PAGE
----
Reading / writing...
andrew.thompson at ashecastle.com
Thu Jan 16 14:37:47 CET 2003
Exactly, but to quote the Python Essential Reference (2000) guide,
'when a file is opened for update, you can perform both input and
output, as long as all output operations flush their data before any
subsequent input operations'
What is happening here is that the write() simply doesn't write,
(although the file pointer moves on)and no error condition is raised...
(how might a user know to perform a seek() to effect the write() --
without having extra-Pythonic knowledge ?)
Shouldn't Python be able to hide this from its users ?
From: python-list-admin at python.org [mailto:python-list-admin at python.org]
On Behalf Of Chris Gonnerman
Sent: 16 January 2003 13:15
To: python-list at python.org
Subject: Re: Reading / writing...
----- Original Message -----
From: "Andrew Thompson" <andrew.thompson at ashecastle.com>
> Has anyone experienced a file.write() operation not actually writing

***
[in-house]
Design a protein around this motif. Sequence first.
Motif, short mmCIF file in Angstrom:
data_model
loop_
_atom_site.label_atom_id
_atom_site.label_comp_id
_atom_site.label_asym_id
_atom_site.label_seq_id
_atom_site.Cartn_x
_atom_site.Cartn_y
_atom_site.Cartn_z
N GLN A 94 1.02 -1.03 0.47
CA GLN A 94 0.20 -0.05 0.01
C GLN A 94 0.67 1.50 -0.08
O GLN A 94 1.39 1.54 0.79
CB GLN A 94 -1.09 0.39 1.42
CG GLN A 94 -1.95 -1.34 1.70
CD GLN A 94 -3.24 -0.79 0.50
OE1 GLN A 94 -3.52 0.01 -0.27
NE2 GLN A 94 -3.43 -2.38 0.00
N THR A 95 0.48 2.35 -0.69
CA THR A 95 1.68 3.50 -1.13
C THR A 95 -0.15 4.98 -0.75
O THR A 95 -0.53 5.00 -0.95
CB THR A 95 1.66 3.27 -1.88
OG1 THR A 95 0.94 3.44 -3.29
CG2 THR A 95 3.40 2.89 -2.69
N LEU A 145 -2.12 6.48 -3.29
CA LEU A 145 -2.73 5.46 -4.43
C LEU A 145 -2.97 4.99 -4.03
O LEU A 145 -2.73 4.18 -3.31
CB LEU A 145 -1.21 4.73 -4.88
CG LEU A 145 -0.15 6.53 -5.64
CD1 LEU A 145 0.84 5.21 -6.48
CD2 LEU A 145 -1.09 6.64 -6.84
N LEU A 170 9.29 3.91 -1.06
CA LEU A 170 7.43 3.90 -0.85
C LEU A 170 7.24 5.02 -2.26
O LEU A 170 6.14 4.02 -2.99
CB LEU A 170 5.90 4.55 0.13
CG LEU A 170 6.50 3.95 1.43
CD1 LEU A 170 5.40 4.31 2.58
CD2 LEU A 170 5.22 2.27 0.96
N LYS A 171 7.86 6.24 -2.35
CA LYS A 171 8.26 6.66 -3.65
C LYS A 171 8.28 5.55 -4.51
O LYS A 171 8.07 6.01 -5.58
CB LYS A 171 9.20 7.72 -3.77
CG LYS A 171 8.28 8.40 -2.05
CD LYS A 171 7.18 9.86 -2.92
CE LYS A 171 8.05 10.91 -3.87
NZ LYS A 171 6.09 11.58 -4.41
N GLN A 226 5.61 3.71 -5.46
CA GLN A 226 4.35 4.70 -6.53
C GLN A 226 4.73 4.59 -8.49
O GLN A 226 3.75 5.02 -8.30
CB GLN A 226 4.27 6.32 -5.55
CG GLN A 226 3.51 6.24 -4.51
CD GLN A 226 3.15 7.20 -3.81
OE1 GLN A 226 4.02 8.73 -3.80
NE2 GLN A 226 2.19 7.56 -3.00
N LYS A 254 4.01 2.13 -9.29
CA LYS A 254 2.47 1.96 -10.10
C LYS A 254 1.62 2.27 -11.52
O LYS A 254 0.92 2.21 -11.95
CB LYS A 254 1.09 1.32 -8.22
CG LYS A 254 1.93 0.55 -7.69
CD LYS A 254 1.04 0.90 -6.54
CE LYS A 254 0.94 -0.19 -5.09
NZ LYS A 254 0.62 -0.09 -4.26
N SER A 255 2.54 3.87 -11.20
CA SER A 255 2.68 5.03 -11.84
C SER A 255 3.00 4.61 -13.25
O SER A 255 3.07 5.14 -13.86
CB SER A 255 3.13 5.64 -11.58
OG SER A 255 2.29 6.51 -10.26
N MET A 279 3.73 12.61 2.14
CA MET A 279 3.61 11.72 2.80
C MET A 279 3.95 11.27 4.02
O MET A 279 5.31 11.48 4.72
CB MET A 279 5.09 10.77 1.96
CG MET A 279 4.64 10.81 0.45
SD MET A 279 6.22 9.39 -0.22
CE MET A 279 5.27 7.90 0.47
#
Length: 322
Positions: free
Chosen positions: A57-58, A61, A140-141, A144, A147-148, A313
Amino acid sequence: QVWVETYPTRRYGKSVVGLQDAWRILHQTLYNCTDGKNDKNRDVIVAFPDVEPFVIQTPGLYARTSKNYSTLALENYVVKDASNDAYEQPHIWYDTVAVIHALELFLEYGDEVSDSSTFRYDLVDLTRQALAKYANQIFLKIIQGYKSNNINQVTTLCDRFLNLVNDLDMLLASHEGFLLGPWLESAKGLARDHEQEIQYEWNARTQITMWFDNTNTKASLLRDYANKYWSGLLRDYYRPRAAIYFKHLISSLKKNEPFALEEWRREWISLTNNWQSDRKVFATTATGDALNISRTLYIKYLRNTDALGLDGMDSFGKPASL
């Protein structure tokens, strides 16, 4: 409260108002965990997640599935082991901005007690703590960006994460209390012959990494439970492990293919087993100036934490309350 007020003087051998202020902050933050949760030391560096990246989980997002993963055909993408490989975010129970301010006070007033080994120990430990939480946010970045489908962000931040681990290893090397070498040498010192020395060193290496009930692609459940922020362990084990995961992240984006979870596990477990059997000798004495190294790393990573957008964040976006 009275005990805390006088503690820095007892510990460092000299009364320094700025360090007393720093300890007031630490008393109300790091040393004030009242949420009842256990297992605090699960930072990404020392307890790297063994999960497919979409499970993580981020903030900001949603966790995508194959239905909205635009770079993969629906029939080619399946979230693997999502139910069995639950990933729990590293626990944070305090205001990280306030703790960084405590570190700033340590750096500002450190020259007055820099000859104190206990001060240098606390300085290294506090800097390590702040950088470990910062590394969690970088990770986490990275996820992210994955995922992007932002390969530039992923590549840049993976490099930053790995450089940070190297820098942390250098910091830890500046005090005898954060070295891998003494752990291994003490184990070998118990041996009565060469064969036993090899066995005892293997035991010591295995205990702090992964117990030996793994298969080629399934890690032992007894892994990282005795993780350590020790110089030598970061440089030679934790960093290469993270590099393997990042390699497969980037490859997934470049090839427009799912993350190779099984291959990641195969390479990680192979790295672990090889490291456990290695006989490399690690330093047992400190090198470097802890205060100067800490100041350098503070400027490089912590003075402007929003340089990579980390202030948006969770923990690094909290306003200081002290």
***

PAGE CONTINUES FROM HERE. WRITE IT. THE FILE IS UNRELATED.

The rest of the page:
> anything to a file, although the file pointer moves on... (I was
> comparing prior and post seek() values to check how much data was
This is documented, normal behavior... for all Unix/Linux systems I am
familiar with, for files opened in read/write mode you MUST
seek() before switching from read() to write() or vice-versa.
For Windoze... dunno. The seek() isn't going to hurt anything (seek
from "here" for an offset of 0).
> In the example below, the write() operation works fine if it is
> preceded by a seek(), but fails if it is preceded by a read().
> My original thought was that the new data simply wasn't yet flush()ed
> into the file, but no amount of flush()ing can make the new data
> arrive anywhere in the file.
> I am aware of the importance of flush() on all reads() after writes()
> , but cannot find anything in the literature the other way around.
> Can anyone help?
> >>> f=open('test','wb+')
> >>> f.write('boo') #write a simple 3 char string.
> >>> f.tell()
> >>> f.write('a') #write a further character
> >>> f.seek(0)
> >>> f.read(3) #this all works.
> >>> f.write('b') #this write fails, although the file pointer moves
> >>> f.seek(3)
> >>> f.read(1) #we still have the original character.
> >>> f.seek(3) #trying again, but do a direct seek() first.
> >>> f.write('b')
> >>> f.seek(3)
> >>> f.read(1)
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